that being said, luckily dd hasnt ever been VERY sick so luckily no misdiagnosis here :) Other than when I had to leave work to pick her up from the daycare because they thought she had pink eye. She has allergies and went to the zoo the day before and her eyes are always affected the worst by the allergies, especially animal allergies. Few shots of allergy eye drops and now daily claritan and she is good to go :) We mommies know what is going on with our babies or when something is going on! Never let dr's push you around. You are the one that knows your child best.

Cassondra Monique

I've already made it clear to doctors that I will go elsewhere if they aren't willing to listen to what I'm saying about my child. She was in my body for almost 10 months and that, at least for me, creates an unbreakable bond. My daughter knows when I'm stressed even when she's in another room and there are days I've stayed home for work because something didn't feel right and sure enough, something happened that I was needed home for. I will always trust my instinct over a doctor's dismissive reaction to my child's sickness.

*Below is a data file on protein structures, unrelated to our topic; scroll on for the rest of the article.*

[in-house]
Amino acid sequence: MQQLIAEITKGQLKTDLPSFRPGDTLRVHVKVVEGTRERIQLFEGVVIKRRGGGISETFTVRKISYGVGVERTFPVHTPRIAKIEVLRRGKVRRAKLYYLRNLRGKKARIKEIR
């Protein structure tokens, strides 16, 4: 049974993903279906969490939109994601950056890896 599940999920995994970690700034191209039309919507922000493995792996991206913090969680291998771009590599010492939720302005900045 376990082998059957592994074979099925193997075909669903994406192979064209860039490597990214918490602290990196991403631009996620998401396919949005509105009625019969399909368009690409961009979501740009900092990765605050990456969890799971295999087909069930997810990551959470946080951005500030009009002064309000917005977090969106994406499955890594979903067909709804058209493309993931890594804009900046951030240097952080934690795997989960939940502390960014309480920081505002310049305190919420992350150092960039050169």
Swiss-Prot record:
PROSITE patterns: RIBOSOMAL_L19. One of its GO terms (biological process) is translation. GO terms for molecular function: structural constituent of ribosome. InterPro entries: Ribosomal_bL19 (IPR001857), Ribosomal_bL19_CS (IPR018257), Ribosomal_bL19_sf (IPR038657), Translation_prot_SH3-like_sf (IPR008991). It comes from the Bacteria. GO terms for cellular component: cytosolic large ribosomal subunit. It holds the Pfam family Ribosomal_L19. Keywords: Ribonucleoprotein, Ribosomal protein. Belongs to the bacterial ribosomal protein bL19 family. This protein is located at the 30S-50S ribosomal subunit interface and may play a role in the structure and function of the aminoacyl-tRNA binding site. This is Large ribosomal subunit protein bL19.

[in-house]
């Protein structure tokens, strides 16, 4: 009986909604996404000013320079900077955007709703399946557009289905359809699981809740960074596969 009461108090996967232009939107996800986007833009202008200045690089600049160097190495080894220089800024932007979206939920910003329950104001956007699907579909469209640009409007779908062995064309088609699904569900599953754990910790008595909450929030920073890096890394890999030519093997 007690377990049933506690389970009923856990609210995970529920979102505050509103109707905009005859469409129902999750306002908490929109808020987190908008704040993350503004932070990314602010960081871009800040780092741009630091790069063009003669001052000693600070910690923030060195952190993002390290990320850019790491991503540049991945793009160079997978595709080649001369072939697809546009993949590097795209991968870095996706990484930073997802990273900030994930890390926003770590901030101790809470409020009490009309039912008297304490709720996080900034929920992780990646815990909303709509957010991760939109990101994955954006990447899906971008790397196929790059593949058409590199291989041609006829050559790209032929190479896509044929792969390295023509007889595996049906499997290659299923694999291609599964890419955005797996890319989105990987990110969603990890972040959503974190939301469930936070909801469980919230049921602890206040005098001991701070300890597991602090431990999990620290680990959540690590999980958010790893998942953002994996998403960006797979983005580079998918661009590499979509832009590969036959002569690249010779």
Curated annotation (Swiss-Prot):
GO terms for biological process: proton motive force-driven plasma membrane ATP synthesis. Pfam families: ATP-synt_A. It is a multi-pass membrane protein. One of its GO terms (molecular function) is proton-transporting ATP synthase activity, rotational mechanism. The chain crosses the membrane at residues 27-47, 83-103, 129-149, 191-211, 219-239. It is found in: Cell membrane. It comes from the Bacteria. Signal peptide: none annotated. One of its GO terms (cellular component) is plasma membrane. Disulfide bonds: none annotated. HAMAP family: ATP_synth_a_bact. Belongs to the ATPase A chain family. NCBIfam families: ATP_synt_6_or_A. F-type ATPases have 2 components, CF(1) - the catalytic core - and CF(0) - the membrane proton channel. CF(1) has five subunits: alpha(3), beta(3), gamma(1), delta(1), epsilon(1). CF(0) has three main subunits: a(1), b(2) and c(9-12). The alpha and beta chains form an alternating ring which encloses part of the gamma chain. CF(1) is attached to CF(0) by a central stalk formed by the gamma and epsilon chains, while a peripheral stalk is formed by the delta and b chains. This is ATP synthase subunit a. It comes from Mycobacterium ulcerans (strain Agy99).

nonmember avatar amy

I have fired a pediatrician AND a pediatric gastroenterologist for dismissing my concerns. My daughter has had bowel problems since she was born and after her original ped telling me for the billionth time that it was normal and to give her Karo, I changed docs. Then her GI specialist got fired for not doing the correct tests on her. Now, we are looking at a diagnosis of Herschbrung's disease and potential surgery. So absolutely, if you think your doctor isn't listening to what your instincts say, get a new one. And keep going until someone listens. You know your child best and you are your child's best advocate.

tyrel... tyrelsmom

My daughter managed to get into them once. I was so afraid she might have swallowed one, but she didn't.